The point of 4.7 Ghz turbo with a TDP ceiling of 15W completely eludes me. So they can do burst loads... great, what's new? They're still stuck with terrible performance after that. Sub or near 1 Ghz is just shit no matter how you slice this. Those are frequencies we used to idle at... and IPC has NOT improved substantially over the past five years.
You are completely missing the point it seems.
- What is wrong with 4.7 GHz turbo in 15W? It means good single/low thread performance if it works.
- The entire point of this particular result is that Reported Stock Core Clock is 2.8GHz. This is the base clock. For comparison, Ice Lake 1065G7 has a base clock of 1.3GHz. If it turns out to be a true result for a 15W Tiger Lake, this is a significant improvement. 1.3 > 2.8 is a very big difference.
- Idle is completely irrelevant for this discussion, idle and low usage scenario clock and power management has been figured out for a while now.
- IPC has improved substantially over the past five years. Ice Lake is +18%, Tiger Lake so far is reported to get another 10+% improvement.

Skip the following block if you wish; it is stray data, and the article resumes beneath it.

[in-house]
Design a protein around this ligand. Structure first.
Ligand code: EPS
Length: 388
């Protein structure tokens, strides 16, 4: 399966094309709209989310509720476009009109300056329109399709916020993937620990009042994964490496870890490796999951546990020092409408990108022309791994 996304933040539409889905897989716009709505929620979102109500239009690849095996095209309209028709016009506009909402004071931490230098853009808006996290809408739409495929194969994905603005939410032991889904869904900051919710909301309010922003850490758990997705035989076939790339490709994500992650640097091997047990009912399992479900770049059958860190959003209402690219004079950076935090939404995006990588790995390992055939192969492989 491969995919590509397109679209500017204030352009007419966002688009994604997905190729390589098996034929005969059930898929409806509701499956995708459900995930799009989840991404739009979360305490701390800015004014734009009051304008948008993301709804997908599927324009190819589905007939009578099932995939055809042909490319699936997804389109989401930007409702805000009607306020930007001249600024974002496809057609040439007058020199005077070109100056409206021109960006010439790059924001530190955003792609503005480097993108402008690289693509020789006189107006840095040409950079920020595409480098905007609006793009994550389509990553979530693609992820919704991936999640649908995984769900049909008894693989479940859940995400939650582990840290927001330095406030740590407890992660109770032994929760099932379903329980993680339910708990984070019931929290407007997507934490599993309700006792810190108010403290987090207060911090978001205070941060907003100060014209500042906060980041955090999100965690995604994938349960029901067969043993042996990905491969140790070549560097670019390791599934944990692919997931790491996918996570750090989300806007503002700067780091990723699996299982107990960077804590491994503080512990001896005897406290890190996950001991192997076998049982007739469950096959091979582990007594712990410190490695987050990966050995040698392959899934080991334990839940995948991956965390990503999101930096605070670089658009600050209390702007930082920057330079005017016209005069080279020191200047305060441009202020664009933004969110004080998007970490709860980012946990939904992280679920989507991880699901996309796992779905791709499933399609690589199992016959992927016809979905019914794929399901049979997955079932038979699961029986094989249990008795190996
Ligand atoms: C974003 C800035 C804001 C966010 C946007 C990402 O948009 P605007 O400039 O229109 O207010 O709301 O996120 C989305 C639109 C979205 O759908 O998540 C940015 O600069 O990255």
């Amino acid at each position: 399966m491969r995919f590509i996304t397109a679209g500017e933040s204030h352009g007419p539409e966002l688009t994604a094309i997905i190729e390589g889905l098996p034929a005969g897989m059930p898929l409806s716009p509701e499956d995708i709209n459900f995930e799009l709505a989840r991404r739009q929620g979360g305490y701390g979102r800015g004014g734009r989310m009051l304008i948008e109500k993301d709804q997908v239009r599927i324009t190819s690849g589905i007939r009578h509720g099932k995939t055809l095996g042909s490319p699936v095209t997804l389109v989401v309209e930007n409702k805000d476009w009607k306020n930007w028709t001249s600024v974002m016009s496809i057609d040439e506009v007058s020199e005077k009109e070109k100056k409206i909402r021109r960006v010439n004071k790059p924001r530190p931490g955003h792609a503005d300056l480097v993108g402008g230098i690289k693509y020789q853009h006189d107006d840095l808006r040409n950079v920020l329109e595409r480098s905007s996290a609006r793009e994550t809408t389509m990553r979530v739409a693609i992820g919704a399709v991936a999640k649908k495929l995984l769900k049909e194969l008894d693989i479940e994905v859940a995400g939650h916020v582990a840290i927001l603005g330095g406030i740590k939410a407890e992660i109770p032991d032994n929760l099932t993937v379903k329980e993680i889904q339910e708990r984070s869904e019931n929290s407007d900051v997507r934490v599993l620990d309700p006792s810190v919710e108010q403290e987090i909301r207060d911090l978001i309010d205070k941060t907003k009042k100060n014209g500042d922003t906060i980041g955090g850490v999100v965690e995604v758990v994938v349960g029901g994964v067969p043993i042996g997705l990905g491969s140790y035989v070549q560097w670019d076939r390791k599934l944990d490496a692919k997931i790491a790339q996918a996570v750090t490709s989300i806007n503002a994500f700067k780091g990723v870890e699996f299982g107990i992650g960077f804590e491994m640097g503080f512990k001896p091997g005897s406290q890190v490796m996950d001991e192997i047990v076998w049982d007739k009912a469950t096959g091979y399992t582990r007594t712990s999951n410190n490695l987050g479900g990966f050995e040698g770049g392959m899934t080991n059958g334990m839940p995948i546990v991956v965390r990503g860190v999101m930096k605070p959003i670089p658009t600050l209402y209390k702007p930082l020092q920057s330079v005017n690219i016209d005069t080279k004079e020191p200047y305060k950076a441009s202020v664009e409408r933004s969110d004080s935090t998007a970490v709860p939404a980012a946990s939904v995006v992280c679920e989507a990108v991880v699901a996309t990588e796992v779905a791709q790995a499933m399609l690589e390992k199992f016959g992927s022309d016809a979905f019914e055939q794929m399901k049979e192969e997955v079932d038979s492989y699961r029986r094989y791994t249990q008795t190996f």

tabascosauz
Speaking of turbo tables, Intel doesn't even publish turbo tables anymore, something they've done consistently for years. Now, you have to buy the product, open up Throttlestop and see for yourself what the bins are.
There is some merit in the claim that this is too dynamic to put in the table ever since core count went over 4 or so, along with the improvements in dynamic clocks speeds, temperature dependent boost and rising importance of power limits. By the way, AMD does not publish turbo tables either, never has and gives the same reasoning.
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#10
Vayra86
londiste
You are completely missing the point it seems.
- What is wrong with 4.7 GHz turbo in 15W? It means good single/low thread performance if it works.
- The entire point of this particular result is that Reported Stock Core Clock is 2.8GHz. This is the base clock. For comparison, Ice Lake 1065G7 has a base clock of 1.3GHz. If it turns out to be a true result for a 15W Tiger Lake, this is a significant improvement. 1.3 > 2.8 is a very big difference.
- Idle is completely irrelevant for this discussion, idle and low usage scenario clock and power management has been figures out for a while now.